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Picturing a World

Marie-François Firmin-Girard

Blog post alert:> Thanks to a post at Line and Colors for introducing me to Marie-François Firmin-Girard. I love finding pictures that I might have used for Where the Light Falls had I come upon them in time.  Read More 
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Old London

Blog alert: Every morning, I check the blog Spitalfields Life. Today’s post, A Walk in Long Forgotten London is one of several devoted to Walter Thornbury’s Old & New London, an 1873 compilation of engravings of the London that was already disappearing when it was published.  Read More 
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Petit Honoré

It was great fun to invent the Petit Honoré where Robbie Dolson takes Jeanette and Effie instead of to Tortoni’s—so much fun that I made the café a favorite of Effie’s. (Generally speaking, if someone or something is important enough to  Read More 
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Votes for Women in Cincinnati

Of course, this should have been posted on Monday with an exhortation to vote (I hope you did). If you find the results of Tuesday's elections depressing, remember our foremothers worked and worked and kept working despite.

The Library of Congress captions this photograph, "Miss Louise Hall with brush and Miss Susan Fitzgerald assisting bill posting in Cincinnati."  Read More 
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Bristol, Virginia/Tennessee

I’m headed today for Bristol, where the Virginia/Tennessee state line runs right down a main street. Tomorrow at 10 A.M., I’ll be reading at the public library.

Readers: Doesn’t this picture invite story-telling?  Read More 
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Edward's apartment

When he returns to Paris from Rome, Edward sublets an apartment on the Right Bank in a new, comfortable district of straight boulevards, harmonious architecture, and no haunting history. Some critics claim that painters of urban modernity in the last quarter of the 19th C depicted alienation and emptiness. They would call your attention to how far Caillebotte’s solitary viewer is removed from the street. But to me, standing as he is at ease above a boulevard lined with trees and handsome buildings, the man suggests Edward: alone perhaps, yet content to contemplate the gifts of civilization and peace in contrast to the horrors of war.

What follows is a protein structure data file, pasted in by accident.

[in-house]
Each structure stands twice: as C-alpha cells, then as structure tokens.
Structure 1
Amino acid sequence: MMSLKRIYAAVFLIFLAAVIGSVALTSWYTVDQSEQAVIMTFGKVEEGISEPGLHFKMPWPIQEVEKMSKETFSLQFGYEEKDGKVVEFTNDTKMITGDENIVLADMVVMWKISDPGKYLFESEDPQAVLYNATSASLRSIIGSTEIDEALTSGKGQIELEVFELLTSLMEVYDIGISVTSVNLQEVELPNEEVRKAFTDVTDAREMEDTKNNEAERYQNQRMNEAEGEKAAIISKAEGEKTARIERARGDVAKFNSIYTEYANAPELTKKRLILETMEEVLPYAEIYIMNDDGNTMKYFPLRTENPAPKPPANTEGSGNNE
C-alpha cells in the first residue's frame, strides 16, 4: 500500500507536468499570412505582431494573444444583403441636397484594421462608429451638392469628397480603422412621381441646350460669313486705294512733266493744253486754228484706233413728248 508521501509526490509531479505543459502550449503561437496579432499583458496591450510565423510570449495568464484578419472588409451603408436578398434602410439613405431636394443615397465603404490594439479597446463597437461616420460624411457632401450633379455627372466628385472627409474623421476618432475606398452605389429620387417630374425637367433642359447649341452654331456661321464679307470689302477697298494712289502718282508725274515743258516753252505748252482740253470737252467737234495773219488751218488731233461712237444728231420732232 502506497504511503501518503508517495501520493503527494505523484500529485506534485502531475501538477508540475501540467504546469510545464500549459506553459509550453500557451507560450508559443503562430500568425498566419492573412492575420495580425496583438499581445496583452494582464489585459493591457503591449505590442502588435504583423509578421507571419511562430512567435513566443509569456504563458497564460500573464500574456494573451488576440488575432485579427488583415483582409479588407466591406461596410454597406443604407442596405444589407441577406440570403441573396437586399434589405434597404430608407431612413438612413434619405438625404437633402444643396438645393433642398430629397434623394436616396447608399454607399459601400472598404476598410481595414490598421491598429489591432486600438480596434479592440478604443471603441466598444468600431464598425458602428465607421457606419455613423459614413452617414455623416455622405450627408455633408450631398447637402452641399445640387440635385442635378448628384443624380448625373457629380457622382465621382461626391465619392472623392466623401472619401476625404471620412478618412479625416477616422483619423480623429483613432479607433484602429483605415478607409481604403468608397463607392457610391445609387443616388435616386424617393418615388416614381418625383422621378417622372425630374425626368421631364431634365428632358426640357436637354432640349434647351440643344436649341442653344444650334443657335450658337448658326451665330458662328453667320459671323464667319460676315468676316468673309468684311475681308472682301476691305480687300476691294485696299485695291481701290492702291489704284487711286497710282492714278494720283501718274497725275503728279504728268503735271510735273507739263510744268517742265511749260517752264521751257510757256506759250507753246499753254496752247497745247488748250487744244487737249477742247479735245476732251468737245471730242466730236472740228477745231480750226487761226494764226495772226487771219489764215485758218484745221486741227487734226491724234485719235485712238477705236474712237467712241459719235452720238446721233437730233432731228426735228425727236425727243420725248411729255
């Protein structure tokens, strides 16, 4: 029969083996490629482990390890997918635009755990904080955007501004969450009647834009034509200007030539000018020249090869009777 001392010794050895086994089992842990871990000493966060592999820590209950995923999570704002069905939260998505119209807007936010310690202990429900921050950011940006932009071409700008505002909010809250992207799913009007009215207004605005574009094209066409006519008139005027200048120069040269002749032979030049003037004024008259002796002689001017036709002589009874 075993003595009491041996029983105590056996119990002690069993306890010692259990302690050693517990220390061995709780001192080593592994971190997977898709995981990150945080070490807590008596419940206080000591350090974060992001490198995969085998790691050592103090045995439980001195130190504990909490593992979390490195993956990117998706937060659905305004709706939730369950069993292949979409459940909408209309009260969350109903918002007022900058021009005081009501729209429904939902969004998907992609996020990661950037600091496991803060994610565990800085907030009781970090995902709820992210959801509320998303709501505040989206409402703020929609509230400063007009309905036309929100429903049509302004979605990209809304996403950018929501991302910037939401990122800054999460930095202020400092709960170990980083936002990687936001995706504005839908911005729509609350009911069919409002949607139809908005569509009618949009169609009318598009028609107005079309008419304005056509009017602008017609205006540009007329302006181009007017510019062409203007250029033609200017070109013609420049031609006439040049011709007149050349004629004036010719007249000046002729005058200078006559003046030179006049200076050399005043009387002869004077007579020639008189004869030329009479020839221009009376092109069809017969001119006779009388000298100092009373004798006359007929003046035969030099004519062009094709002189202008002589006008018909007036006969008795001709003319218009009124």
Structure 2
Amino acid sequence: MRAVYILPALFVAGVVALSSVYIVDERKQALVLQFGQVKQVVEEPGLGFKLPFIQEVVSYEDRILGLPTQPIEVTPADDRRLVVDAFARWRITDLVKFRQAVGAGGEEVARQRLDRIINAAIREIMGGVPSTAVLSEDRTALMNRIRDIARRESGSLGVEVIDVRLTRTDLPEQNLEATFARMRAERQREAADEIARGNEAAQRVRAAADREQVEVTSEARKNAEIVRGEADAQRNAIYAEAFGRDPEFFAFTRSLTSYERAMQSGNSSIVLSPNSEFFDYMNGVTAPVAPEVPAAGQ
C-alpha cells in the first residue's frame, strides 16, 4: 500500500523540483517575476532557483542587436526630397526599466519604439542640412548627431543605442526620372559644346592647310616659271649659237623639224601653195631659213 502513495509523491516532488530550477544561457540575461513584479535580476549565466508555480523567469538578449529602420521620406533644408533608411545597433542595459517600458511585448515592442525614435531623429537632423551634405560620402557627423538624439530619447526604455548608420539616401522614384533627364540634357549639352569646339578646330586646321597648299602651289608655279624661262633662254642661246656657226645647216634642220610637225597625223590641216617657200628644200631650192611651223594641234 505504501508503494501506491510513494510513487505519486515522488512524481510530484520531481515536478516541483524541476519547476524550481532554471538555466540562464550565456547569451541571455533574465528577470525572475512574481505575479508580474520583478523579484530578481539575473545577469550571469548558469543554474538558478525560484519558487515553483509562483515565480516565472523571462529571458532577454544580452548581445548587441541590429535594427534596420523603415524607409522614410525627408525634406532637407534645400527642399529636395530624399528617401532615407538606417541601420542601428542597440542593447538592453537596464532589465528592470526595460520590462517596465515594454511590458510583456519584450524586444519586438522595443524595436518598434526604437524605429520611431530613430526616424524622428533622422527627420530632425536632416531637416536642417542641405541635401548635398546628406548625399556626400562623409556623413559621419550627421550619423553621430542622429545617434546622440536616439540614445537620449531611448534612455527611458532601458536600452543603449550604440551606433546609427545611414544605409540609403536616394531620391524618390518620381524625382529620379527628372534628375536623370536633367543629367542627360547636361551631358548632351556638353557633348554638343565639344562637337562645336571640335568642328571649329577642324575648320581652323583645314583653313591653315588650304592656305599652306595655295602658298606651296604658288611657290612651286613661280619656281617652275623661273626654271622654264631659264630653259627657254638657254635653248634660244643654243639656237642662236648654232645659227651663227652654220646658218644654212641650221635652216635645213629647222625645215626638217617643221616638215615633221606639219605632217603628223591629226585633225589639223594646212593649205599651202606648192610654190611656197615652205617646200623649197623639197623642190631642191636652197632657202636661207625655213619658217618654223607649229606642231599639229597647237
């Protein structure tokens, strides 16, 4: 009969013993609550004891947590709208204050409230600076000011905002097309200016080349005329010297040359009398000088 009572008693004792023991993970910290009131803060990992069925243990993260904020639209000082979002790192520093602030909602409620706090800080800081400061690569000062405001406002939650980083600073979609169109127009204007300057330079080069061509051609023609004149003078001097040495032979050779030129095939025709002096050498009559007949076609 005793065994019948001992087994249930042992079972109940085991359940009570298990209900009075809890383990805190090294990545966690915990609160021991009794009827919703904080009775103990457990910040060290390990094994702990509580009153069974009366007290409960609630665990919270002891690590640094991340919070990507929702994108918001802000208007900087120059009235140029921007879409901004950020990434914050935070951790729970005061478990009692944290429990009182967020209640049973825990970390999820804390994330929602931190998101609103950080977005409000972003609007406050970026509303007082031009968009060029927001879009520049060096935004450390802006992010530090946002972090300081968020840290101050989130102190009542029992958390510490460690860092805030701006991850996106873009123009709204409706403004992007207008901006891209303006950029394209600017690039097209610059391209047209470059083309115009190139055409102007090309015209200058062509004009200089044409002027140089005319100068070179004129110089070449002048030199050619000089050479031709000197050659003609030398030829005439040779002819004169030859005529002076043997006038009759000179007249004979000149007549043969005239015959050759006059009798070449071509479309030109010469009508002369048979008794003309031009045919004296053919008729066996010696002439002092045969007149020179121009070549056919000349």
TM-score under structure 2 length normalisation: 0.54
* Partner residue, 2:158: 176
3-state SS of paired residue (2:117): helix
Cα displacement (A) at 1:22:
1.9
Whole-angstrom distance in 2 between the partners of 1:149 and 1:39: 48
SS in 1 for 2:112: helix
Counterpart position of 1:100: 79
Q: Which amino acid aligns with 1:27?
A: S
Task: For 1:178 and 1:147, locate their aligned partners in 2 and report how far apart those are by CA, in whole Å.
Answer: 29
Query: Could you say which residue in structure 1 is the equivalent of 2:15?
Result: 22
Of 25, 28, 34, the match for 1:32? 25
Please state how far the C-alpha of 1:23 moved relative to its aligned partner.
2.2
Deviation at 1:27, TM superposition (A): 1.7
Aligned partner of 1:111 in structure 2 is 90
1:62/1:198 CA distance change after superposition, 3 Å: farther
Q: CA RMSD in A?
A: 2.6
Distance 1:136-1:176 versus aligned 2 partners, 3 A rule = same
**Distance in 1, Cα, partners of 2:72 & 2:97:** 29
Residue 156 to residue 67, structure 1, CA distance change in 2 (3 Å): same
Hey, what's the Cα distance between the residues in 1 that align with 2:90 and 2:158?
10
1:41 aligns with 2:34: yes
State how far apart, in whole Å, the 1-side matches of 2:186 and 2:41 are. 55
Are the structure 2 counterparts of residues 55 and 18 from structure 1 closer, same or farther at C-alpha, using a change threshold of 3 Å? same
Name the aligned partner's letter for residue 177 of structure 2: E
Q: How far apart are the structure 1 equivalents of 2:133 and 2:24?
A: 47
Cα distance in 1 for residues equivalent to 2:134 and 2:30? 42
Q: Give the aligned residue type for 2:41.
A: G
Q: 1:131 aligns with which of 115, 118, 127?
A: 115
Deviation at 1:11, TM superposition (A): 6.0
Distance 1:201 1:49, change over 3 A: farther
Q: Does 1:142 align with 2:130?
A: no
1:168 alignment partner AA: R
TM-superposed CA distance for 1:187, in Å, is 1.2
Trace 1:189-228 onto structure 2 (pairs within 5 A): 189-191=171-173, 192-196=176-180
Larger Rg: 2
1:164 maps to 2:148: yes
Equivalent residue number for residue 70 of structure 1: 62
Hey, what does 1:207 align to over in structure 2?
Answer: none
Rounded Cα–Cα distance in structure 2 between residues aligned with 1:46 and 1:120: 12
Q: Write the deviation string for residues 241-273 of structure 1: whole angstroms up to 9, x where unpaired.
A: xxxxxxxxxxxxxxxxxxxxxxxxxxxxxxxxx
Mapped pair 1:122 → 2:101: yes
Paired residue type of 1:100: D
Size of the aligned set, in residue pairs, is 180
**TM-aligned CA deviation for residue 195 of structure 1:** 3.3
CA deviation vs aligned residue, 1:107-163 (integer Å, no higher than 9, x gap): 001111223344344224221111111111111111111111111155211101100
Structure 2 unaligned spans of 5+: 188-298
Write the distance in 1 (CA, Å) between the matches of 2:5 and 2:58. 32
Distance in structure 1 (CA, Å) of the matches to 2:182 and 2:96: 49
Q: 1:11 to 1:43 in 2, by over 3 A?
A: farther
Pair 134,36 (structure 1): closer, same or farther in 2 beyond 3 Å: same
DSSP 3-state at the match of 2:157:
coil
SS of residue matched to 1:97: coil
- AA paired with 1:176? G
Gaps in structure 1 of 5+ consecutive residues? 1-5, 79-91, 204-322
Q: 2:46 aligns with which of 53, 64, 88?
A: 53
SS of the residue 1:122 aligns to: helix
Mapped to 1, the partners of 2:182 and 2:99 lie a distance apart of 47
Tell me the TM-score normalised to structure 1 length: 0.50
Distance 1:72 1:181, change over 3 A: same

For a street-level view by Caillebotte of the same sort of neighborhood (and solitary man), click hereRead More 
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Autumn street scene

When Sonja is ready to begin work on portrait medallions for Edward, she and Jeanette walk one silvery, wet night from La Poupée en Bas to the studio on the Rue Madame. I’d say Hassam’s picture depicts October rather than November, and the hour is obviously closer to sunset than true darkness. Still, it is the sort of streetscape that helped me imagine Paris in various seasons and lights. Notice especially here, the streetlamps and shop widows in the misty distance horizontally across the middle third of the painting. Read More 
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Café Tortoni

The Café Tortoni was a real place, posh and successful for most of the 19th C. Martial’s etching shows the Morris column or advertising kiosk that Robbie pretends to be perusing when Jeanette, Cousin Effie, and Emily arrive expecting to be treated to its famous ice cream.  Read More 
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View from a studio window

An artist about whom I read a lot at the beginning of my research was Cincinnati-born Elizabeth Nourse (1859–1938)), Jeanette's almost exact contemporary. She, too, studied at the Académie Julian (beginning in 1887) and made her career in Paris, where she lived with her sister. This view from her studio window fell in with my own (and Jeanette's!) love of pictures painted or photographed out of upper-storey windows. I gave Mabel Reade a studio on the Rue d'Assas because of this very image and had Cousin Effie talk her way into a studio more expensive than Amy and Sonja could afford for the same reason. Read More 
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Kiosk

At the end of their stay in Pont Aven, Amy proclaims herself ready again for the rough and tumble of Paris; and once back in the city, Jeanette discovers that she no longer feels like a new girl. I had a framed print of Béraud’s Kiosk beside my chair as I wrote Where the Light Falls : it set the mood perfectly.

The urbane gentleman on the right is dressed as Edward dresses when he goes out for his walks. What I noticed first, though, were the two women prettily lifting their skirts to negotiate the streets—Baron Haussmann’s clean, clean streets and wide pavements, where a lady could walk in city shoes. Jeanette would have visited this very intersection of the Rue Scribe and Boulevard des Capucines on her way from her bank to the Académie Julian. Read More 
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